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When I read Richard Scheinin’s article yesterday about the next San Francisco Symphony season I was dismayed to read that they would be playing in the Symphony Silicon Valley territory. It’s disturbing, frustrating and, to be honest, a bit scary.

I realize a lot of folks I know would just laugh at me; they also don’t mind Starbucks moving in right across from a mom & pop coffee joint. But what can I say? I don’t like seeing the Big Boys move in on us smaller folk. And I also cringe because I know—I’ve heard, so I’m not making this up—San Franciscans think of us as the inferior people living at the bottom of their hill.

Today Richard Scheinin has another article that talks about this issue. It’s an interesting read, and it pointed out that not only will the San Francisco Symphony be playing a free outdoor concert, but their youth symphony is moving into the California Theatre for a concert as well. So now San Jose Youth Symphony is being intruded upon as well.

(Side note: the quote on the front page of SJYS should be credited in my little opinion. The first sentence, “Music begins where words end”, is not originally from Mr. Samet but, from what I read, Goethe. I wonder if anyone realized that!? Do a search on the sentence and you’ll find that a good number of people use it without even hinting it’s not their own creation. Then again, there’s this: “When words leave off, music begins,” credited to Heinrich Heine and “Where words fail, music speaks,” attributed to Hans Christian Andersen. Hmmm. Maybe I shouldn’t worry about the first quote after all? Seems that a lot of folks are saying the same thing. in slightly different ways.)

But back to my original ramble …

Mr. Scheinin writes:

Still, the San Francisco Symphony has a long history of going on the road in this region. Going back to 1918, it performed at San Jose’s Victory Theater, and at various times through the decades at the San Jose Civic Auditorium and Stanford University’s Frost Amphitheater — where the San Francisco Opera recently piped in a big-screen, live simulcast of Verdi’s “Rigoletto.'”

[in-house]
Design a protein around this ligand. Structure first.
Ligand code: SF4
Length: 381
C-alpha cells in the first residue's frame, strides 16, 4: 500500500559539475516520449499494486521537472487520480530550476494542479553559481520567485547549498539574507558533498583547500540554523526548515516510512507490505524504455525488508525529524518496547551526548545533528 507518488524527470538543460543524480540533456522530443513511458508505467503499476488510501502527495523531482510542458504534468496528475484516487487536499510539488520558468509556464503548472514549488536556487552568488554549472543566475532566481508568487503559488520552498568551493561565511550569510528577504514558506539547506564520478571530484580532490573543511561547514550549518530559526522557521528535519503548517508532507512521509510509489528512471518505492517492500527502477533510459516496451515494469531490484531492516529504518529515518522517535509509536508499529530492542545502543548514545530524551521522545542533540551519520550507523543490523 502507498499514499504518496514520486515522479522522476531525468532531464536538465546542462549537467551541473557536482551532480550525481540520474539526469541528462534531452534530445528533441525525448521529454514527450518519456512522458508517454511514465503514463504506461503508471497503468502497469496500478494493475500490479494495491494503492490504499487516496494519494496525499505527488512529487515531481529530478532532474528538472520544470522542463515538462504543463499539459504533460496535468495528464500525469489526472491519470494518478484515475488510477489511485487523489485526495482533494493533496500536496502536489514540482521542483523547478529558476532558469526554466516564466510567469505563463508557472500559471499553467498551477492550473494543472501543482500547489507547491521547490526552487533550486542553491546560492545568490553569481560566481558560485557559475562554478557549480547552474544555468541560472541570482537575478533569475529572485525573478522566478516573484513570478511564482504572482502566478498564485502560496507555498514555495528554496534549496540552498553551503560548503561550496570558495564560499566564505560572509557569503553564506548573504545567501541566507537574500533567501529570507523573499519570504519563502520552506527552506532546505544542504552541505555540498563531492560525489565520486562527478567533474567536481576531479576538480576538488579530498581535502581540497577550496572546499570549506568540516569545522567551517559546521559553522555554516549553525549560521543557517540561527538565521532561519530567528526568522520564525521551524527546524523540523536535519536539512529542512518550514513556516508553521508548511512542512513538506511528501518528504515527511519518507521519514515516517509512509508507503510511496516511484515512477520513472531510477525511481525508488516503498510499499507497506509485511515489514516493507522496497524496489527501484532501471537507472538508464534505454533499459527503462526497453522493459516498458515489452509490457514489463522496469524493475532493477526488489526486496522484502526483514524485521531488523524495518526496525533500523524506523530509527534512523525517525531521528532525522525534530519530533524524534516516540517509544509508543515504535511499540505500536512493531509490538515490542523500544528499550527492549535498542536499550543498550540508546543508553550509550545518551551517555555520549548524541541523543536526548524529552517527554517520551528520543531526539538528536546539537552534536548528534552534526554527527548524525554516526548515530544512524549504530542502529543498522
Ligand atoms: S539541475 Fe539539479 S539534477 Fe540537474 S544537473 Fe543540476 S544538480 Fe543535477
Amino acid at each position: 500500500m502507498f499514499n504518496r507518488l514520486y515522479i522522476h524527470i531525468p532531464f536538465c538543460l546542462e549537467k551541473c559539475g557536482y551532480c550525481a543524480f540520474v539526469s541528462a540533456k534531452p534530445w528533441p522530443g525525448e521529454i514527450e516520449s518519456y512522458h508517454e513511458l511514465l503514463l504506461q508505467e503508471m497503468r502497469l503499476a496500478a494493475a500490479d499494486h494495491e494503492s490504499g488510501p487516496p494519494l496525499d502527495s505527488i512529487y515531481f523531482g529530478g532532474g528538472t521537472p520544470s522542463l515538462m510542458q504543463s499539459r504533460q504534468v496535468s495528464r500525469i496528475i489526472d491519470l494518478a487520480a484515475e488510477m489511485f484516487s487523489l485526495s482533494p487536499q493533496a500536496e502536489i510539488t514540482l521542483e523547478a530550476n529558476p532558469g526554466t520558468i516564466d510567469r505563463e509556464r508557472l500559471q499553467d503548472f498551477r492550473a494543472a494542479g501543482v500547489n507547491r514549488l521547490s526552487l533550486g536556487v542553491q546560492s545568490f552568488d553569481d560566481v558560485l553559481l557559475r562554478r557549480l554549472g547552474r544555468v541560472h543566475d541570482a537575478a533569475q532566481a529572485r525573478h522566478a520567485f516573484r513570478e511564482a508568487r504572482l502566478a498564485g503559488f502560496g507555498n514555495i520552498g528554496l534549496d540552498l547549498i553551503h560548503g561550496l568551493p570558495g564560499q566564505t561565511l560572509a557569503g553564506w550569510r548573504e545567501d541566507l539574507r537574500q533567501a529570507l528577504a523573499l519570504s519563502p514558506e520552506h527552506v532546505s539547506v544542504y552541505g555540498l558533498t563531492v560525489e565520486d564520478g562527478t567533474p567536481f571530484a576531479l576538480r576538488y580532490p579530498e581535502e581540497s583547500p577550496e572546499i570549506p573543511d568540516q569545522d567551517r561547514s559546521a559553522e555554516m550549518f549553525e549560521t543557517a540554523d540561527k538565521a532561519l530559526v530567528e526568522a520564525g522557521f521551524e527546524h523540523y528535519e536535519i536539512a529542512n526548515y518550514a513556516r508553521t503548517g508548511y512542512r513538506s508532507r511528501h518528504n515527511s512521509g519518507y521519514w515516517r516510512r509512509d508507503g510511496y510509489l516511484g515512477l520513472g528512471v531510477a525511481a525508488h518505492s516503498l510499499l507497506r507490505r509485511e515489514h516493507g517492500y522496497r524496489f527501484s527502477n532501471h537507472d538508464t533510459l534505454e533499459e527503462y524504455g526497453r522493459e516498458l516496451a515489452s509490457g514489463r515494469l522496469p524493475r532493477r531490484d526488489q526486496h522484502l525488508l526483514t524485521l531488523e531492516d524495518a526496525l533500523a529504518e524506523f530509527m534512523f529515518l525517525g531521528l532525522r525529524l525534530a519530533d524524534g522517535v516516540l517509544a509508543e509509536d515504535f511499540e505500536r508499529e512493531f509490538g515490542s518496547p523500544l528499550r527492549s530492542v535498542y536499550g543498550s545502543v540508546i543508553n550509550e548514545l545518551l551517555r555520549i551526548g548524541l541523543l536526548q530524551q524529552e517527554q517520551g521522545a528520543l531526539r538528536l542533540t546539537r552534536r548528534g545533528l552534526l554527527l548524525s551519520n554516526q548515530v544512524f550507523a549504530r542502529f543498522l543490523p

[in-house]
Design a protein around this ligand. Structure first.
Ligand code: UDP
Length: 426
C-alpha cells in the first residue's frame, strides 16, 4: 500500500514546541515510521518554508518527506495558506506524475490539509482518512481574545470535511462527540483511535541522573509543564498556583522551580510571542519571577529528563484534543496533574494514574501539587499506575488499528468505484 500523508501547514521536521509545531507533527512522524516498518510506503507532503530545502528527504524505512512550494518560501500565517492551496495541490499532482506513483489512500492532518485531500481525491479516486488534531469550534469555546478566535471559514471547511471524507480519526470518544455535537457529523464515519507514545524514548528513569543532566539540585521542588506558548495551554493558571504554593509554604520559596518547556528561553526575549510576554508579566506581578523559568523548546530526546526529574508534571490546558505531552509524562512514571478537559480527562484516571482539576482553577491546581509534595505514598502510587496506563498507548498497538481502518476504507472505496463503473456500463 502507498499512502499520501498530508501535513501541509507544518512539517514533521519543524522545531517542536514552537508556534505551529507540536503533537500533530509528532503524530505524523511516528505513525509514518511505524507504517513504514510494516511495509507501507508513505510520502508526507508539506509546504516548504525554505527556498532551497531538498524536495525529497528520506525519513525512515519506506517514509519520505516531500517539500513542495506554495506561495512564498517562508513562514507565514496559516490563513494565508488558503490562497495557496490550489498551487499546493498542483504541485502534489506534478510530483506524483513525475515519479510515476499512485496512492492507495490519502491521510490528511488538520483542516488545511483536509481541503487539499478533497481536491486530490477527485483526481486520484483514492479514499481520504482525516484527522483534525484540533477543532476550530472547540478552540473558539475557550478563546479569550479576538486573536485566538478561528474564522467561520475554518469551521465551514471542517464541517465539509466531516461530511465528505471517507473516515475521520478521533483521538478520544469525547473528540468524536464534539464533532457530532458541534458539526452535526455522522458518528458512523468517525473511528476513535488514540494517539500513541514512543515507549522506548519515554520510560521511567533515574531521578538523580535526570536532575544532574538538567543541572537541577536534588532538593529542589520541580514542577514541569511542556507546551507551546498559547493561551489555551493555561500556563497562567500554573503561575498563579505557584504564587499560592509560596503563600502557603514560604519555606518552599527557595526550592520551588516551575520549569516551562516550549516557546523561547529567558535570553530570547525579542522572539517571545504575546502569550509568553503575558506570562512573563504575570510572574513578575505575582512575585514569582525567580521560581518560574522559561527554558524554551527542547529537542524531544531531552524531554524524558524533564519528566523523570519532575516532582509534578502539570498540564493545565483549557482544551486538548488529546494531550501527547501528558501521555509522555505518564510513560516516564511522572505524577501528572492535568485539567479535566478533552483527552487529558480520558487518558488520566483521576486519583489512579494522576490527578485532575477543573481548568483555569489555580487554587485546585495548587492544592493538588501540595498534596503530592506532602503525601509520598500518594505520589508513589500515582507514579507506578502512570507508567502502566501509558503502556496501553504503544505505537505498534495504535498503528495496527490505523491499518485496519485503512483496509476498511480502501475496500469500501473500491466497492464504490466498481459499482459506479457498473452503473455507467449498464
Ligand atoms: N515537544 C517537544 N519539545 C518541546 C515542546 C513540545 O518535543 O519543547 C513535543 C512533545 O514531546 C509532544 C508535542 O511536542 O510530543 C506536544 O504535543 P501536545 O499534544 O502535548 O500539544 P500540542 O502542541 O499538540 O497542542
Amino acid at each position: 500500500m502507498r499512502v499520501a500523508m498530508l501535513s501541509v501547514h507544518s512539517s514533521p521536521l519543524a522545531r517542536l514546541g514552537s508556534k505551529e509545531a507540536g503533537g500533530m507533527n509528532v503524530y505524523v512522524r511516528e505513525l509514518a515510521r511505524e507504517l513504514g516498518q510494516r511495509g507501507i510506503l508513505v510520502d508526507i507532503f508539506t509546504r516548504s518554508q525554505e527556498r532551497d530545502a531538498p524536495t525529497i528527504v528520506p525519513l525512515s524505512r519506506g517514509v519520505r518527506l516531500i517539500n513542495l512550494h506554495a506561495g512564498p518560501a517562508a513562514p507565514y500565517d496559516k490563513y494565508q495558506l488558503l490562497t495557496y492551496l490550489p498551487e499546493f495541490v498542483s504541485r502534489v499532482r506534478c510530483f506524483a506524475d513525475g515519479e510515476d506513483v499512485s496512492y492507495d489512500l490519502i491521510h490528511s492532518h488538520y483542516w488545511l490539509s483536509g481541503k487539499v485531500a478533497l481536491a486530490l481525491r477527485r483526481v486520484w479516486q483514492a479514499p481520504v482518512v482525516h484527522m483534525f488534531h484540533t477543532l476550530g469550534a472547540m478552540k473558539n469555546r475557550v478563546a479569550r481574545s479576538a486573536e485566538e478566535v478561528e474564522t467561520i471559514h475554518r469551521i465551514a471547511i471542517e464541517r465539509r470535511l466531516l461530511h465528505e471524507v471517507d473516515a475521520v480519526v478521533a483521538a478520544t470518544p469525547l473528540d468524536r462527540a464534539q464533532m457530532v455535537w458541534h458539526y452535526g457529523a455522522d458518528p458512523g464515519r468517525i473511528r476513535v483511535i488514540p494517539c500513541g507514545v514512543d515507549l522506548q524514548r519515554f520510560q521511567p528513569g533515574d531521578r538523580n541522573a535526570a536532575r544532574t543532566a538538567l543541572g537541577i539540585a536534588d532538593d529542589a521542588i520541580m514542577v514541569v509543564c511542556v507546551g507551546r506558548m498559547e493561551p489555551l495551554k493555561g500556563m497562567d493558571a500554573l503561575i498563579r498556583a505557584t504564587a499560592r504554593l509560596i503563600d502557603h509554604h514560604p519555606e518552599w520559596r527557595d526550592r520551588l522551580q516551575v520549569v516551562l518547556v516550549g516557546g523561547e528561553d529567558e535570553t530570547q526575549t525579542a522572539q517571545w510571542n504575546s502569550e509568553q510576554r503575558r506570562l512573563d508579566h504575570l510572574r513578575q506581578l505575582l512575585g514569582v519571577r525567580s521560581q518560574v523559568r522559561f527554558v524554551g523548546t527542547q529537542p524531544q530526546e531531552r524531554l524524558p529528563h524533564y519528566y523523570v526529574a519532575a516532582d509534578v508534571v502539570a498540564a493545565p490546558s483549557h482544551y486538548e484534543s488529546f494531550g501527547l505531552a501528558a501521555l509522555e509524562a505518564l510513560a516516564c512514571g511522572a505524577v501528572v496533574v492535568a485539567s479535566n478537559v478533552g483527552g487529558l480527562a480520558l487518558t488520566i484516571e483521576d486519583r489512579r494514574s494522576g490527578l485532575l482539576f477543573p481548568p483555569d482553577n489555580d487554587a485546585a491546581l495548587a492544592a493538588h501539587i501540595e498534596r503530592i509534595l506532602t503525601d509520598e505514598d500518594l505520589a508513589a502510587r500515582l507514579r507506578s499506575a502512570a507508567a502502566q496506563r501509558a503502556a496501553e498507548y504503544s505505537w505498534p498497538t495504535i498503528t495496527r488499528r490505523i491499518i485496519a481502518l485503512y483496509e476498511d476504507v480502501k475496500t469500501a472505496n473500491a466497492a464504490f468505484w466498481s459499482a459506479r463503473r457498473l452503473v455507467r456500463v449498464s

I’ve not heard of them being in San Jose since I’ve been playing professionally (my professional career began in 1974). In 1918 the San Jose Symphony (RIP) was, from all I’ve read, an amateur group. When I joined it was only becoming what it finally ended up being: a very good regional orchestra. Certainly San Francisco Symphony has played at Flint Center for a long while. Flint Center is in Cupertino. Fine. I can accept that. We played there for a while but I’m just fine with the California Theatre.

Over at City Hall (San Jose) Kim Walesh states:

“You’ve got a world-class symphony that’s actively recruited by great cities and venues all over the world, and if they want to play a free concert downtown that helps to build an audience for classical music, that’s welcome.”

Maybe so. Maybe people will go hear the freebie and say, “Gee, we love classical music after all. But we would prefer to support our own Symphony Silicon Valley and don’t want to drive up to San Francisco. Or maybe the San Francisco folks will say, “Look what a large crowd we have here! We should move to the California Theatre.” Ya think? (Surely they aren’t coming down here merely to give to the community ..? Or maybe they are. Guess time will tell.)

And maybe our new city government will actually care about “their” symphony too. Could that happen? I can dream, can’t I?

We in the Symphony Silicon Valley scrape by. We all have other gigs or even other careers. I teach. I play in Opera San José. I play for AMTSJ. I freelance. And I still don’t make enough to live on. Once San Francisco Symphony moves in on San Jose I fear that San Joseans who still live with the “they are a better and more cultural city” mentality will go over to the SF side.

I hope I’m wrong, of course.